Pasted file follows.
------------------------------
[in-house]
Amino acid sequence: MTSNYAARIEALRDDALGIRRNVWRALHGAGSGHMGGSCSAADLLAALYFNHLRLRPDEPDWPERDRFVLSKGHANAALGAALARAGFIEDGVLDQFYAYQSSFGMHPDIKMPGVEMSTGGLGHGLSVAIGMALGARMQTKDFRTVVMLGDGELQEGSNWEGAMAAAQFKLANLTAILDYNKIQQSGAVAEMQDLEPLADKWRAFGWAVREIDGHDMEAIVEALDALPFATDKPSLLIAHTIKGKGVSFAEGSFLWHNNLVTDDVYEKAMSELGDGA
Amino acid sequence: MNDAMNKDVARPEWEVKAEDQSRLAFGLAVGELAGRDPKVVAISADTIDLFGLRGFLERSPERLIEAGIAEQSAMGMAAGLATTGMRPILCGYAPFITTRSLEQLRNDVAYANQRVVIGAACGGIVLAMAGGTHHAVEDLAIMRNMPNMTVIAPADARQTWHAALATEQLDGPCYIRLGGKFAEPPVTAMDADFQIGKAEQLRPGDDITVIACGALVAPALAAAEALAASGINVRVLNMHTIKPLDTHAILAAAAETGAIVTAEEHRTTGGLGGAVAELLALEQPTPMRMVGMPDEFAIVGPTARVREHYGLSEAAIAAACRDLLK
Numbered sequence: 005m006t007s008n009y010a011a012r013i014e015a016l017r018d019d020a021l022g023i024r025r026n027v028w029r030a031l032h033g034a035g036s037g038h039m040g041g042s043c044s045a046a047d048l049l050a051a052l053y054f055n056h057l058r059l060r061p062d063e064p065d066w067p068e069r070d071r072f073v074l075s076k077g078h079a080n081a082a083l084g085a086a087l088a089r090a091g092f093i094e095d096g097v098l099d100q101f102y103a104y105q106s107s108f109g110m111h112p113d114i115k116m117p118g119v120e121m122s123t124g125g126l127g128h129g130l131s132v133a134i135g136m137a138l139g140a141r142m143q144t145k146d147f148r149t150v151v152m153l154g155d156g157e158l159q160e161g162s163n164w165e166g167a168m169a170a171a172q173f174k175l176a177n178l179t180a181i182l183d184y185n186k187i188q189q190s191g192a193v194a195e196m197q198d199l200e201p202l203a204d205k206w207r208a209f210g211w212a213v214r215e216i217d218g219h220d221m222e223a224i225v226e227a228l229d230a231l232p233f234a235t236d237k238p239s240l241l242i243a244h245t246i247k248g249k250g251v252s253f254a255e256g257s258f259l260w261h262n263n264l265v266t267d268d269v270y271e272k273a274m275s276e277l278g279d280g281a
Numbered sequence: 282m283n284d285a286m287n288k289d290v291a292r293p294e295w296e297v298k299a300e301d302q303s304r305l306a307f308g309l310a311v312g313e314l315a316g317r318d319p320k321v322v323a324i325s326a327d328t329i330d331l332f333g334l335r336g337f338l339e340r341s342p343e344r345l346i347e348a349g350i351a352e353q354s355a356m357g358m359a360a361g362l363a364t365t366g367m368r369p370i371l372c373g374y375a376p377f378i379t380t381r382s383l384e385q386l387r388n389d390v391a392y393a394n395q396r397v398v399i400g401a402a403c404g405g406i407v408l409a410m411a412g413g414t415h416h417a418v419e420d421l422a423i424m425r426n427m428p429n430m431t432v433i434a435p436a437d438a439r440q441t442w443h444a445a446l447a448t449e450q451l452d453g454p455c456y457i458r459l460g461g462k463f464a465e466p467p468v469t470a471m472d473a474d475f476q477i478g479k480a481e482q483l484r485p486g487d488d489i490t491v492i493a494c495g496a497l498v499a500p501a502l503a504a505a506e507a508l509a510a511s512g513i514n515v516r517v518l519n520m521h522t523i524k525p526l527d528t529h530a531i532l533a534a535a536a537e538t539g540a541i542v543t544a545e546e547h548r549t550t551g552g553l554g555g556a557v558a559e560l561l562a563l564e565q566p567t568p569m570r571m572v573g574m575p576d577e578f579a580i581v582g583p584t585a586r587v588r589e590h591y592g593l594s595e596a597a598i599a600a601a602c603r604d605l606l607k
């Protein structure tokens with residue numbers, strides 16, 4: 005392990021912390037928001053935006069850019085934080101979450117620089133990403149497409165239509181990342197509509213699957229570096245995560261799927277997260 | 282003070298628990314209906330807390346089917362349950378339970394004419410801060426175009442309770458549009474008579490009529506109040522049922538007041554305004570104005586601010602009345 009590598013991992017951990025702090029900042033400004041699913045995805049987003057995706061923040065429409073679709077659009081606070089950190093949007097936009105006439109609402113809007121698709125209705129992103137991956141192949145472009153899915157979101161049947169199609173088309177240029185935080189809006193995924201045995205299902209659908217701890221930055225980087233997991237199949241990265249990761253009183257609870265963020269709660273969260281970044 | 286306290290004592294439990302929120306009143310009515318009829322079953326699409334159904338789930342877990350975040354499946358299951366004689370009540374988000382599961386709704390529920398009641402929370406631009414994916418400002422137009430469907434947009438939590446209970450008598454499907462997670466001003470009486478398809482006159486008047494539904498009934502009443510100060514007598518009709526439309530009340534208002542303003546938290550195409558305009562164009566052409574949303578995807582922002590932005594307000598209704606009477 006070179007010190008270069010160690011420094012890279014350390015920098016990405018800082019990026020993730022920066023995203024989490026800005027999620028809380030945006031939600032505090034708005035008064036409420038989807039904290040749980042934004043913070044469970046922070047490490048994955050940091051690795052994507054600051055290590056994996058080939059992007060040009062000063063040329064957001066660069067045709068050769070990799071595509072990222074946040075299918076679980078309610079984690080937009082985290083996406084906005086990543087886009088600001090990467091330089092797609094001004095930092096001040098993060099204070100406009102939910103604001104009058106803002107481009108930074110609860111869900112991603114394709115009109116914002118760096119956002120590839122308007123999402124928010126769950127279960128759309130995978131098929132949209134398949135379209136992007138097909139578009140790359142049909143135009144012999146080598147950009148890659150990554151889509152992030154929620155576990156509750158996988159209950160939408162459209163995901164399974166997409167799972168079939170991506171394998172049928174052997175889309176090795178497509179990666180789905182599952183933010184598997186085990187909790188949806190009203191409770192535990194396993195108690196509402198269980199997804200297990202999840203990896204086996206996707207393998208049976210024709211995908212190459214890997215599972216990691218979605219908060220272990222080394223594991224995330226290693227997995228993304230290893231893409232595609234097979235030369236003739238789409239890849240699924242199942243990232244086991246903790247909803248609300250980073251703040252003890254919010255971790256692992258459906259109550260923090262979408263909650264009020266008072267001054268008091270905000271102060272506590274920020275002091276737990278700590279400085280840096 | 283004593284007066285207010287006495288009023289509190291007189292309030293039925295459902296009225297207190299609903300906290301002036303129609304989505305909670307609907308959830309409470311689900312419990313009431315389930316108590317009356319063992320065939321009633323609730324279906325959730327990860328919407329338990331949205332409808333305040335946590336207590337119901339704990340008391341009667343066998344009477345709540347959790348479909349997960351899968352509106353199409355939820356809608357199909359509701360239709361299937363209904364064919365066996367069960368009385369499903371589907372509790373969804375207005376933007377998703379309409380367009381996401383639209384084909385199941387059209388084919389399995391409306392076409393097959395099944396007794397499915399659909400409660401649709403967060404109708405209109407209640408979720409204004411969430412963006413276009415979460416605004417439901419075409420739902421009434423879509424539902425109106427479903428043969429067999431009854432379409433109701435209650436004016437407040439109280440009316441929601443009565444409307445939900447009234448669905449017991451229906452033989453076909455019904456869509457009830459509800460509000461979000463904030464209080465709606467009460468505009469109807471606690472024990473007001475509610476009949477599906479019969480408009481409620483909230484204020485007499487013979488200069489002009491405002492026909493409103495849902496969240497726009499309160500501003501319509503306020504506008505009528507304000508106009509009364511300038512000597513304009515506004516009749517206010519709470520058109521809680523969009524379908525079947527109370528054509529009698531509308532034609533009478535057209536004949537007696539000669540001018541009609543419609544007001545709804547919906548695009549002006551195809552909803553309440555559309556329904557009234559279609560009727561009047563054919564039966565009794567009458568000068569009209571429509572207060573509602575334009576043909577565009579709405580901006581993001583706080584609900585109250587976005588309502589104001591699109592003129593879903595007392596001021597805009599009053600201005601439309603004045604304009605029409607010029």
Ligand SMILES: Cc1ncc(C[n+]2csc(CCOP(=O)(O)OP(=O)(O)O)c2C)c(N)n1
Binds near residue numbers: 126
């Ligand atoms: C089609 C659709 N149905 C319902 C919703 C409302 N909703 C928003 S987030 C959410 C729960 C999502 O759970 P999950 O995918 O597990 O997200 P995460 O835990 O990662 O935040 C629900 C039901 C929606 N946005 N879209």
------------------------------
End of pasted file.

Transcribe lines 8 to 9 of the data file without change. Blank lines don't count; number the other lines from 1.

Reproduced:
Binds near residue numbers: 126
């Ligand atoms: C089609 C659709 N149905 C319902 C919703 C409302 N909703 C928003 S987030 C959410 C729960 C999502 O759970 P999950 O995918 O597990 O997200 P995460 O835990 O990662 O935040 C629900 C039901 C929606 N946005 N879209």